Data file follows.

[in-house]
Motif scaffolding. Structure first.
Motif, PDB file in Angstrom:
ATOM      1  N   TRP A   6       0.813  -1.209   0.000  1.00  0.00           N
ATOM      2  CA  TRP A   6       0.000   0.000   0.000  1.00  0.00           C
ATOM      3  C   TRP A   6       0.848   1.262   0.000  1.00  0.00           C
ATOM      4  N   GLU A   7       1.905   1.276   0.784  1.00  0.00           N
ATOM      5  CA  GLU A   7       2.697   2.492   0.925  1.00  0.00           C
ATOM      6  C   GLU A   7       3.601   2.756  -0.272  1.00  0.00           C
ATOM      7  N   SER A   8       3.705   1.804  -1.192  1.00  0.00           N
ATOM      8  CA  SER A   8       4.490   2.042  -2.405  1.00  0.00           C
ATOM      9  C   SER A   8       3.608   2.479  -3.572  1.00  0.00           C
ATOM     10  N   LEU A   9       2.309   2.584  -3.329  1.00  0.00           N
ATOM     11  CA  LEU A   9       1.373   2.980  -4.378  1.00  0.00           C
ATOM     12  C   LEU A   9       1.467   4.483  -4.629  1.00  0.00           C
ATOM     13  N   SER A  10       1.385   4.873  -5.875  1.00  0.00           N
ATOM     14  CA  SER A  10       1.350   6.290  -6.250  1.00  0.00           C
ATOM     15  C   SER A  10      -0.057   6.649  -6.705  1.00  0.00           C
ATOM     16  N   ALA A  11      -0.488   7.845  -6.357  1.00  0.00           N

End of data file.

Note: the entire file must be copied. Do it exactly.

[in-house]
Motif scaffolding. Structure first.
Motif, PDB file in Angstrom:
ATOM      1  N   TRP A   6       0.813  -1.209   0.000  1.00  0.00           N
ATOM      2  CA  TRP A   6       0.000   0.000   0.000  1.00  0.00           C
ATOM      3  C   TRP A   6       0.848   1.262   0.000  1.00  0.00           C
ATOM      4  N   GLU A   7       1.905   1.276   0.784  1.00  0.00           N
ATOM      5  CA  GLU A   7       2.697   2.492   0.925  1.00  0.00           C
ATOM      6  C   GLU A   7       3.601   2.756  -0.272  1.00  0.00           C
ATOM      7  N   SER A   8       3.705   1.804  -1.192  1.00  0.00           N
ATOM      8  CA  SER A   8       4.490   2.042  -2.405  1.00  0.00           C
ATOM      9  C   SER A   8       3.608   2.479  -3.572  1.00  0.00           C
ATOM     10  N   LEU A   9       2.309   2.584  -3.329  1.00  0.00           N
ATOM     11  CA  LEU A   9       1.373   2.980  -4.378  1.00  0.00           C
ATOM     12  C   LEU A   9       1.467   4.483  -4.629  1.00  0.00           C
ATOM     13  N   SER A  10       1.385   4.873  -5.875  1.00  0.00           N
ATOM     14  CA  SER A  10       1.350   6.290  -6.250  1.00  0.00           C
ATOM     15  C   SER A  10      -0.057   6.649  -6.705  1.00  0.00           C
ATOM     16  N   ALA A  11      -0.488   7.845  -6.357  1.00  0.00           N